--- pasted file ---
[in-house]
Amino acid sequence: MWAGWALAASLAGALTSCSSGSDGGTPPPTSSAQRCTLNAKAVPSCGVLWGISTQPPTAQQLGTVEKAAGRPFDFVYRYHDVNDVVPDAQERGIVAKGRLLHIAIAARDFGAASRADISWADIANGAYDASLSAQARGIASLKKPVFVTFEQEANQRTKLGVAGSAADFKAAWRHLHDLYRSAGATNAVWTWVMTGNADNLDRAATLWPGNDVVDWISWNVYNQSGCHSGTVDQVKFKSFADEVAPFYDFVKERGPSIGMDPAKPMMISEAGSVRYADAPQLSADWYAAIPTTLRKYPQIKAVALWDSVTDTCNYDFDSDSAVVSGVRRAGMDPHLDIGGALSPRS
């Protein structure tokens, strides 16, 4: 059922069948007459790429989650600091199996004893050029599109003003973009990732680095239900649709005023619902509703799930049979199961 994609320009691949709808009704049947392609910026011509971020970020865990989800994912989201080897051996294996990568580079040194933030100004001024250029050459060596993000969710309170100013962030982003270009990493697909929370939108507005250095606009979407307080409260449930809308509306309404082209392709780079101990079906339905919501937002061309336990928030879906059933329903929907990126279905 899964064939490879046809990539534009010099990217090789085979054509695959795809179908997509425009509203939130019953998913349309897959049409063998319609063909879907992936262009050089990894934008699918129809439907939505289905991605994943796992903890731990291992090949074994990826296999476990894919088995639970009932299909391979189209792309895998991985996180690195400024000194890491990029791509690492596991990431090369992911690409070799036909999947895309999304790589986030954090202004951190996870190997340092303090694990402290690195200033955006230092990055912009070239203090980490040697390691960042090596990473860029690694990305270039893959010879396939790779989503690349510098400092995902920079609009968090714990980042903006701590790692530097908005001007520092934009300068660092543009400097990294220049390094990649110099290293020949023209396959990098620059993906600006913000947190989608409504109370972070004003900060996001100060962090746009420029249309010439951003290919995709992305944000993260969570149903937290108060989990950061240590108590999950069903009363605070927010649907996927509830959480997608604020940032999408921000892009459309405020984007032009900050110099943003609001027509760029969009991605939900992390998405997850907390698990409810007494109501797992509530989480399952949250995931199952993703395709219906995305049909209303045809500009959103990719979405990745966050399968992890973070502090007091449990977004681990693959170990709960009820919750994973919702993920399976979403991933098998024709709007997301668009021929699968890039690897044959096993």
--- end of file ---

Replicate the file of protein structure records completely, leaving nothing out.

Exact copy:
[in-house]
Amino acid sequence: MWAGWALAASLAGALTSCSSGSDGGTPPPTSSAQRCTLNAKAVPSCGVLWGISTQPPTAQQLGTVEKAAGRPFDFVYRYHDVNDVVPDAQERGIVAKGRLLHIAIAARDFGAASRADISWADIANGAYDASLSAQARGIASLKKPVFVTFEQEANQRTKLGVAGSAADFKAAWRHLHDLYRSAGATNAVWTWVMTGNADNLDRAATLWPGNDVVDWISWNVYNQSGCHSGTVDQVKFKSFADEVAPFYDFVKERGPSIGMDPAKPMMISEAGSVRYADAPQLSADWYAAIPTTLRKYPQIKAVALWDSVTDTCNYDFDSDSAVVSGVRRAGMDPHLDIGGALSPRS
């Protein structure tokens, strides 16, 4: 059922069948007459790429989650600091199996004893050029599109003003973009990732680095239900649709005023619902509703799930049979199961 994609320009691949709808009704049947392609910026011509971020970020865990989800994912989201080897051996294996990568580079040194933030100004001024250029050459060596993000969710309170100013962030982003270009990493697909929370939108507005250095606009979407307080409260449930809308509306309404082209392709780079101990079906339905919501937002061309336990928030879906059933329903929907990126279905 899964064939490879046809990539534009010099990217090789085979054509695959795809179908997509425009509203939130019953998913349309897959049409063998319609063909879907992936262009050089990894934008699918129809439907939505289905991605994943796992903890731990291992090949074994990826296999476990894919088995639970009932299909391979189209792309895998991985996180690195400024000194890491990029791509690492596991990431090369992911690409070799036909999947895309999304790589986030954090202004951190996870190997340092303090694990402290690195200033955006230092990055912009070239203090980490040697390691960042090596990473860029690694990305270039893959010879396939790779989503690349510098400092995902920079609009968090714990980042903006701590790692530097908005001007520092934009300068660092543009400097990294220049390094990649110099290293020949023209396959990098620059993906600006913000947190989608409504109370972070004003900060996001100060962090746009420029249309010439951003290919995709992305944000993260969570149903937290108060989990950061240590108590999950069903009363605070927010649907996927509830959480997608604020940032999408921000892009459309405020984007032009900050110099943003609001027509760029969009991605939900992390998405997850907390698990409810007494109501797992509530989480399952949250995931199952993703395709219906995305049909209303045809500009959103990719979405990745966050399968992890973070502090007091449990977004681990693959170990709960009820919750994973919702993920399976979403991933098998024709709007997301668009021929699968890039690897044959096993």